Our estimate for the heritability of RSB lies in the approximate range of previous heritability estimates of the narrower sexual risk-related traits, age of first intercourse and number of sex partners from the same sample (Dunne et al. 1997; Zietsch et al. 2008) and from other samples (Bricker et al. 2006; Mustanski et al. 2007). Previous reviews of its aetiology have not considered genetic influences as a potential factor (Aral 2001; Marston & King 2006); we now need to appreciate that individuals vary in an inherent predisposition to RSB. It is also clear that the shared environment significantly impacts on levels of RSB. This could be in the form of particular parenting styles or strategies (e.g. age when parental sex education takes place, if at all) or broader factors such as the family’s socioeconomic status. Our results suggest that these factors may differ between males and females. Initial modelling suggested that either the same shared environmental influences were acting in opposite directions in males and females or, more likely, different shared environmental influences were acting on males and females. Sex differences in the mode of action of shared environmental influence are unsurprising given the different social pressures and values regarding men and women’s sexual behaviour.
Adolescent misconduct was found to be moderately influenced by genetic factors but only modestly influenced by shared environment, which is in line with previous research (Eaves et al. 1997; Edelbrock et al. 1995; Gelhorn et al. 2005, 2006; Goldstein et al. 2001; Rhee & Waldman 2002; Rowe 1983). Previous evidence suggested a link between adolescent misconduct and RSB (Morris et al. 1998), but none directly tested this association in the general population. Our analysis showed a positive correlation that was remarkably high given the independence of the traits. Therefore, adolescents with problematic conduct are at more risk of developing patterns of RSB. This suggests that those with conduct issues, including those who have no disorder but are ‘difficult to handle’, may need particular attention with regard to safe sex education measures.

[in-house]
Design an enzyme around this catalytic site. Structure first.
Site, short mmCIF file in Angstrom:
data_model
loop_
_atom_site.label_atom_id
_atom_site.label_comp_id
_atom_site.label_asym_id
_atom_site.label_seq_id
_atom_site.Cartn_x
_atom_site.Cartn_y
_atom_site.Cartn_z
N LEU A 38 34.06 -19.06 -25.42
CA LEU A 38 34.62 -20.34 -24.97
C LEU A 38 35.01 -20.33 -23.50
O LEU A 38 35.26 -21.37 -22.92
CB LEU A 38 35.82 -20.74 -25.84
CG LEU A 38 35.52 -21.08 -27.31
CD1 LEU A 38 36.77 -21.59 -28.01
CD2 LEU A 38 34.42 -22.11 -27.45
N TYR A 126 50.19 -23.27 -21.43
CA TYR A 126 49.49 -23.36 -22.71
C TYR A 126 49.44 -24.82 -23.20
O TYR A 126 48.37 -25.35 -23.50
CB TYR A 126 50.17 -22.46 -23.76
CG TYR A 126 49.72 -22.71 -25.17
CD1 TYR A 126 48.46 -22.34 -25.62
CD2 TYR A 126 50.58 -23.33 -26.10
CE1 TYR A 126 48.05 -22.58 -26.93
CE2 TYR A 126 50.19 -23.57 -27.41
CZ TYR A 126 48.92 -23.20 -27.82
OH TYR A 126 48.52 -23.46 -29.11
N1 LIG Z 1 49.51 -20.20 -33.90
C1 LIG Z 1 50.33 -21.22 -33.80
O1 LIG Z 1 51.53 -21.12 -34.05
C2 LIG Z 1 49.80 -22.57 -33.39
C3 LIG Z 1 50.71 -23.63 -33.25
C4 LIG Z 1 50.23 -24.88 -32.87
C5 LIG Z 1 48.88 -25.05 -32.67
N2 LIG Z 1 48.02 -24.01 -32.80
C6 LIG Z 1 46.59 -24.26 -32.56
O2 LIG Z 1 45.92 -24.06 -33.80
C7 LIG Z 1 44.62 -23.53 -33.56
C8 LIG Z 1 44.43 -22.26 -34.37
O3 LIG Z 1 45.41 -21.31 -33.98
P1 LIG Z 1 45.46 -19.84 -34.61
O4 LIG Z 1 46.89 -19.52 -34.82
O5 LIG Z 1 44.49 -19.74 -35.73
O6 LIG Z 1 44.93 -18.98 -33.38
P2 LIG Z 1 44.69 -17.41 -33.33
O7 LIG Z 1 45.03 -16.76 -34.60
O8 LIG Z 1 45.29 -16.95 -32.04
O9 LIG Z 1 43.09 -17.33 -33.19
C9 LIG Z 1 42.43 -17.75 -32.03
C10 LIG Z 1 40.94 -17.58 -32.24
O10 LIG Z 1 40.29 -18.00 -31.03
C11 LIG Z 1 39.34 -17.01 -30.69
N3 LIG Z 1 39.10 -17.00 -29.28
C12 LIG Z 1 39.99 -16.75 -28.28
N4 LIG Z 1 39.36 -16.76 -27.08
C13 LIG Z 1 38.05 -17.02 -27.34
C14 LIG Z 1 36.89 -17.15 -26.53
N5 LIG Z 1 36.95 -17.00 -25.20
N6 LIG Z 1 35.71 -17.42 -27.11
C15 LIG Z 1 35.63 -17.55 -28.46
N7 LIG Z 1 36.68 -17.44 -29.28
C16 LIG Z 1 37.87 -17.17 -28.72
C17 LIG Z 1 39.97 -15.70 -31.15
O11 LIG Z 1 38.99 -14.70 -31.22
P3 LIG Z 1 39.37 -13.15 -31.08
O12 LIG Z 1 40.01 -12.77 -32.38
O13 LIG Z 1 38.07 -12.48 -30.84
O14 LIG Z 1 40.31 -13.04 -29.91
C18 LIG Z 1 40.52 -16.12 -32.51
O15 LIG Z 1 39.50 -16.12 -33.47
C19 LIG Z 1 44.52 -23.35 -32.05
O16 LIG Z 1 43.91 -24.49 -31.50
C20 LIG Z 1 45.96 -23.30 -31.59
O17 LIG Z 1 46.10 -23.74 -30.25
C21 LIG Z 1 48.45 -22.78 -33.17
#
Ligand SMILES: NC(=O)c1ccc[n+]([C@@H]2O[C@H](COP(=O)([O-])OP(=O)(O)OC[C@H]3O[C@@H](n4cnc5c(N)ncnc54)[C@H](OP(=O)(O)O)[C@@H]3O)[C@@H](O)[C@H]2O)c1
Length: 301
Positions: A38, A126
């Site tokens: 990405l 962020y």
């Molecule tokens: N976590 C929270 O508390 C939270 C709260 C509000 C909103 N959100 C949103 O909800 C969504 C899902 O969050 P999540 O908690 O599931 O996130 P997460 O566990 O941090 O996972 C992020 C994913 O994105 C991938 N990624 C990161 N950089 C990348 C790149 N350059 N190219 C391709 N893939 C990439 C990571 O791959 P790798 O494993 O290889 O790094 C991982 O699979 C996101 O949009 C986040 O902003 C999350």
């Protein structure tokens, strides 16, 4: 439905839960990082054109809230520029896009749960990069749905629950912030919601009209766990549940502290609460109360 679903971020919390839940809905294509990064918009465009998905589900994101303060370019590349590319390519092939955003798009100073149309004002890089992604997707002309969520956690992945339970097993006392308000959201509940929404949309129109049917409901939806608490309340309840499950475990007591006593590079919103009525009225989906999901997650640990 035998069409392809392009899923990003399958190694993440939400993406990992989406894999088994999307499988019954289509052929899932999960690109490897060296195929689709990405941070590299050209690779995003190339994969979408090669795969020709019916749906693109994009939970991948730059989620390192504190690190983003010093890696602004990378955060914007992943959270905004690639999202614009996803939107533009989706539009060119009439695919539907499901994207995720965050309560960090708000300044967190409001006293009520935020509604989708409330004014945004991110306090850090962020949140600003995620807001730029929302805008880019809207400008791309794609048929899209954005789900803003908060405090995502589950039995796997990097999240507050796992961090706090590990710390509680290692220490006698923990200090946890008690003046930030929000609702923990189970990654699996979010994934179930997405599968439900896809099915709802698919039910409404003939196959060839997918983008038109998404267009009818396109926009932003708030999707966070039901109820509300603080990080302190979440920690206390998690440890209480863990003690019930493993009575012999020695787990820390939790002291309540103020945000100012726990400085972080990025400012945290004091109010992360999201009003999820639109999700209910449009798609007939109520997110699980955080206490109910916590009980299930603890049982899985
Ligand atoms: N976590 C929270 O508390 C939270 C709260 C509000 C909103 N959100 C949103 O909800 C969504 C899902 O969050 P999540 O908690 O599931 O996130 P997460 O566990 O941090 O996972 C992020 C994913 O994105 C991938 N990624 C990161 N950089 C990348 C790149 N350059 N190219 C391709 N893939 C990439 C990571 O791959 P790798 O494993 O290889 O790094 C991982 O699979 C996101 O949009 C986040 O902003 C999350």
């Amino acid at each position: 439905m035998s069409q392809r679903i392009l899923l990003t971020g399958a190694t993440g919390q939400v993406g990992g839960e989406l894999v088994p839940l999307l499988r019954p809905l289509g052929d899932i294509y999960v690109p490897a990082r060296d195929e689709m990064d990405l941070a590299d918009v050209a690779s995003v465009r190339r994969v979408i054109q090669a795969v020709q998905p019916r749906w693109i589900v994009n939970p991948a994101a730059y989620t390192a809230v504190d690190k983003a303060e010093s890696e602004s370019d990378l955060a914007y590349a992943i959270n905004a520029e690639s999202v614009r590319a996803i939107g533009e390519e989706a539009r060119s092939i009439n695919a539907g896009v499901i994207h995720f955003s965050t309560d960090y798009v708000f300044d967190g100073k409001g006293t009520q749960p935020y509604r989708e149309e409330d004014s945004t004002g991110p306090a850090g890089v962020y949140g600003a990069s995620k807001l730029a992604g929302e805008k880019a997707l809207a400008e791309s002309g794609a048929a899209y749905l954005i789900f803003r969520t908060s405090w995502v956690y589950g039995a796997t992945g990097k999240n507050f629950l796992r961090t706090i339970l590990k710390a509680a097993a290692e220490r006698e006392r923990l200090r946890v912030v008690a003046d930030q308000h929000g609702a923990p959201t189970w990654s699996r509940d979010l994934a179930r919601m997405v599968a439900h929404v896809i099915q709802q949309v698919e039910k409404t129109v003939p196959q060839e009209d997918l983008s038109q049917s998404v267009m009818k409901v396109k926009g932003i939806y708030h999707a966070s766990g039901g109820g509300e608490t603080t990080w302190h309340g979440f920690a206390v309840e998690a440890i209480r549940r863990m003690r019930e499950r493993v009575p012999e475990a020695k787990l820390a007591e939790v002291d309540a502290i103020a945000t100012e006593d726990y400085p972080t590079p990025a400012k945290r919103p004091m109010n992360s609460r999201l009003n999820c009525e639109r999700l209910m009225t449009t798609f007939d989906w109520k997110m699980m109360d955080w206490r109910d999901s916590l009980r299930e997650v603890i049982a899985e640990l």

Modelling suggested that most of this correlation between RSB and adolescent misconduct was because of overlapping genetic influences. A possible explanation for this genetic correlation, particularly in males, is by hormonal effects thought to influence both traits. Animal models show that androgens affect both sexual behaviour and aggression (Clark & Henderson 2003). Similarly in men, testosterone has been linked with increased sexual arousal and sexual enjoyment (Alexander et al. 1997), and higher testosterone levels were also observed in perpetrators of violent crimes, in men from the army with antisocial behaviours, in subjects with impulsive behaviours and in alcoholics and suicidals (Giammanco et al. 2005). Thus, it is possible that genes influence testosterone levels, which in turn influence both RSB and misconduct.